Tarragona, in Catalonia, northern Spain, is a wine region divided into two sections. The larger stretches along the Mediterranean coast south of Penedes, while a small portion lies further inland. This division dates back to 2001, when part of Tarragona was carved out to form a separate Montsant DO. Tarragona received DO status back in 1947, making it one of Spain's older designations. The wine region fans out from the picturesque city of the same name and the area is dotted with relics from times passed: Roman ruins and Gothic cathedrals.
The exact origins of viticulture here are not known. It is possible the Ancient Greeks brought vines to Tarragona. It is certain that the Romans who followed them produced and promoted wines of the region. Regardless of whoever first made wine here, the tradition has been a long one. Its history is also a decorated one, with periods of prestige, including during the 12th Century when the region's sweet fortified wines enjoyed particularly high demand locally and abroad. Tarragona also produced much of the altar wine used for Christian sacraments and ceremonies, and today, the region continues to export church wines.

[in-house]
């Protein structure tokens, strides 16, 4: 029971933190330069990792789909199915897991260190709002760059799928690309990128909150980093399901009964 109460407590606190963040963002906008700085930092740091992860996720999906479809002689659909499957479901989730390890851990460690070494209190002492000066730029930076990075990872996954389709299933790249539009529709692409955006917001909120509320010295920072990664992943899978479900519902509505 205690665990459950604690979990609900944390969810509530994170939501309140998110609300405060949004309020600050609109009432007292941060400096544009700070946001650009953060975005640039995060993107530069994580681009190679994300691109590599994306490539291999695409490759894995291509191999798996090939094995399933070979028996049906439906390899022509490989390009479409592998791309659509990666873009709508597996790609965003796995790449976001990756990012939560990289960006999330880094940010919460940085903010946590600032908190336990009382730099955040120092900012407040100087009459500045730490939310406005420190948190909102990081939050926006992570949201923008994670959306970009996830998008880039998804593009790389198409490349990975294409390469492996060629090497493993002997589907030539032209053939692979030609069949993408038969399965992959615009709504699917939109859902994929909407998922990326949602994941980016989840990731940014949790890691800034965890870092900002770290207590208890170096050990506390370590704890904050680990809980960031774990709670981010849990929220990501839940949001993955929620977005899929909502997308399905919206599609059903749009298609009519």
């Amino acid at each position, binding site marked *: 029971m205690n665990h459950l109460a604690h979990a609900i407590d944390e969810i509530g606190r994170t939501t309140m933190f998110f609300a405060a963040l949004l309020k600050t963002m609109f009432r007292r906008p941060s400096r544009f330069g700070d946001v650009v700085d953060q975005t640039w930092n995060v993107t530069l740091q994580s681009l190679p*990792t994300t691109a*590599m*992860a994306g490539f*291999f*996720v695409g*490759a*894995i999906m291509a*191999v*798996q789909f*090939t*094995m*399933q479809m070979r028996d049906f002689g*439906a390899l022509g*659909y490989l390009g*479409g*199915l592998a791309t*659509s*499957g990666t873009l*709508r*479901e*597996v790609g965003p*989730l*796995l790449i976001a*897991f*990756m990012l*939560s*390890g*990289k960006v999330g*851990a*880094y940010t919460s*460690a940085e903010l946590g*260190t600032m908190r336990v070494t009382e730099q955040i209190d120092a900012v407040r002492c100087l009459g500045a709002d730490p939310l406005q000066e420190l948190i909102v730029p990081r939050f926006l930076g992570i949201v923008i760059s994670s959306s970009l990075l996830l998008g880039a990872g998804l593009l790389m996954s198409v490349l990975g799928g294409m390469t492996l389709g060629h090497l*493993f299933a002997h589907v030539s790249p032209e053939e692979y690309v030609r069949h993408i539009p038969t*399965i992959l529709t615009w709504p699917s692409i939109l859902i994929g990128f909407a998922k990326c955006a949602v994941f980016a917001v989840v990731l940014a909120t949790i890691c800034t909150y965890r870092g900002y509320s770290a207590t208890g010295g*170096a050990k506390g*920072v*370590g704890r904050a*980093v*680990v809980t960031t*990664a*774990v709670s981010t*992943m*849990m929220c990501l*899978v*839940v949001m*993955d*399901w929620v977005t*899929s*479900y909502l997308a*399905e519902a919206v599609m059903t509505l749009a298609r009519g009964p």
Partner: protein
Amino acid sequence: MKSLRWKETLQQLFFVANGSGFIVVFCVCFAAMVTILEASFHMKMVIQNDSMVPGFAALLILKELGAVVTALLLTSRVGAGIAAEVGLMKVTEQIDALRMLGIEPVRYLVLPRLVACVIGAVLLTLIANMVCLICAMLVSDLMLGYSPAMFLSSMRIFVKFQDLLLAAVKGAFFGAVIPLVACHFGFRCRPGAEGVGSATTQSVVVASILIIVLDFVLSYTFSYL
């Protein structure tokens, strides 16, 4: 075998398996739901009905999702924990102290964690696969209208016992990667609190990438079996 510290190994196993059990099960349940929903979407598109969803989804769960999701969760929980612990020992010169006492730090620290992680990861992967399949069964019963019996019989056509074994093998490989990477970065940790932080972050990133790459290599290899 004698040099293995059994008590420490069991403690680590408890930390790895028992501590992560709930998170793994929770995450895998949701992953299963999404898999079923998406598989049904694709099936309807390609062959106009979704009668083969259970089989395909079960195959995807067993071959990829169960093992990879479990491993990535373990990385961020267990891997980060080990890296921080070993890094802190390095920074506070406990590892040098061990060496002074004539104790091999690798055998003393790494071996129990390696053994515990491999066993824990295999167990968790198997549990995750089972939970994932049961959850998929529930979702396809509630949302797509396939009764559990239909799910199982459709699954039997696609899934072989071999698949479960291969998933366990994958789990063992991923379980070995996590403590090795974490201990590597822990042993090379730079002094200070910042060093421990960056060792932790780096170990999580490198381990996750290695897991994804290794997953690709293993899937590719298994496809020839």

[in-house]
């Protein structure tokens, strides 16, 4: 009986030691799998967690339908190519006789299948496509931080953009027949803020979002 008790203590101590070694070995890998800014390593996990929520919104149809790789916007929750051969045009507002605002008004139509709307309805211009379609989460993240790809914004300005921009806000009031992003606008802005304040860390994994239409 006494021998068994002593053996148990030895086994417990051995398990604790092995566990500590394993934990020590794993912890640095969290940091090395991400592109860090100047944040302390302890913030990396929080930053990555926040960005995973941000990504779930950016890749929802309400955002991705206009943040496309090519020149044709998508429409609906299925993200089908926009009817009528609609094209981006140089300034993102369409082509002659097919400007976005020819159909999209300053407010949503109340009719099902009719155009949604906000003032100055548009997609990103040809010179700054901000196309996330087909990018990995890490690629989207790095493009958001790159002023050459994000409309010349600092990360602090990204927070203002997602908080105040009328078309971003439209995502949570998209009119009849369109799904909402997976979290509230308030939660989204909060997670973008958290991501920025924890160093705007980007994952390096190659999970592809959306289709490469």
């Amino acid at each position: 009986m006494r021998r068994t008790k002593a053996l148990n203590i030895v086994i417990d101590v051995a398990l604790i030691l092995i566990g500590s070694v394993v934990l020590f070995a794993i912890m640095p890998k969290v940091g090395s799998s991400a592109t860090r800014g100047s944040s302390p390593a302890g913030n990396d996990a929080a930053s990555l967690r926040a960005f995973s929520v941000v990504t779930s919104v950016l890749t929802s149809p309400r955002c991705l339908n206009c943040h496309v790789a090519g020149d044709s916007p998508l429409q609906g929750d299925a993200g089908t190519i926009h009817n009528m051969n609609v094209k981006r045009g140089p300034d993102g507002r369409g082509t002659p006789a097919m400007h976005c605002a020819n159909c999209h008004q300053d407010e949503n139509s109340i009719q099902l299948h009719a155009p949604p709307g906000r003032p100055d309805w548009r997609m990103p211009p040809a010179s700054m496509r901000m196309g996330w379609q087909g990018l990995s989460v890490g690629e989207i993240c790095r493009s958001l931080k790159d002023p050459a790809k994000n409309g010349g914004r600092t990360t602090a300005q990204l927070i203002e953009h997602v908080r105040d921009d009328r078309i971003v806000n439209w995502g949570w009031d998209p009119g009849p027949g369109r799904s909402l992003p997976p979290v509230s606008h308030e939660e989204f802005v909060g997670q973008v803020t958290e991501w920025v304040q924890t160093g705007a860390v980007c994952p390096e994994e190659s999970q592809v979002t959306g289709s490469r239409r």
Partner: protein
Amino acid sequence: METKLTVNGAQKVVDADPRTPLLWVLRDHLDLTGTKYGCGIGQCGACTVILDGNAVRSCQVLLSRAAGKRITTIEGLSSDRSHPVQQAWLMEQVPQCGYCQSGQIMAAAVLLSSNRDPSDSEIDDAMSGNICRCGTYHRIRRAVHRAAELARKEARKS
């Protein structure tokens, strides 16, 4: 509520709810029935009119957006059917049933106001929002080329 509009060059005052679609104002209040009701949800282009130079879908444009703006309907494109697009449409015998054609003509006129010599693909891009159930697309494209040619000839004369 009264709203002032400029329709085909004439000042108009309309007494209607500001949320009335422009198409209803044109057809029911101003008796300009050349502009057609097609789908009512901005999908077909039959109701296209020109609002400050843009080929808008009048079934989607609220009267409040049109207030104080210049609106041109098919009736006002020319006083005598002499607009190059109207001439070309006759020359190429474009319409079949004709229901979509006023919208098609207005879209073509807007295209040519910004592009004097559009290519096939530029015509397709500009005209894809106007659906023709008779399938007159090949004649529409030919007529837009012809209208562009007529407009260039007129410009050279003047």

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The terrain in Tarragona is largely uniform and climbs gently from the sea towards the Serra de Montalt mountains in the north and east. The smaller section of the designation (known as Ribera d'Ebre – Banks of the Ebro) sits at altitudes of up to 1310ft/400m (compared with 650ft/200m in the larger section, Tarragona Campo). The soils in Ribera d'Ebre are calcareous, stony and alluvial largely because of the Ebro River. In Tarragona Campo, the soils are calcareous, tending towards granite further inland.
The climate is markedly different between the two sections. Tarragona Campo, which sits by the sea, has a Mediterranean climate, enjoying warm summers and mild winter. Ribera d'Ebre, on the other hand, is sheltered from the Mediterranean by the Serra de Montalt, and has greater temperature variations from summer through winter.
The diversity of the topography and climates means that Tarragona is capable of producing a wide range of wine styles. Traditional sweet fortifieds can still be found in the region's late-harvest Garnacha wines and the lighter Moscatel de Tarragona. However, in response to changing demand, Tarragona has adopted a greater variation of styles, with white wines – both varietals and blends for Cava (Macabeo, Parellada and Xarel-lo) – dominating production. A major proportion of the region's grapes go into Cava production, being sold to the Cava estates in Penedes. (Tarragona's eastern half overlaps with the Cava designation).
Garnacha is also used for the region's refreshing and fruity rosé wines (rosado) and as a blending partner for Carinena. Other significant red grape varieties include Ull de Llebre (Tempranillo), Cabernet Sauvignon and Merlot. Younger red styles from Tarragona are becoming more common.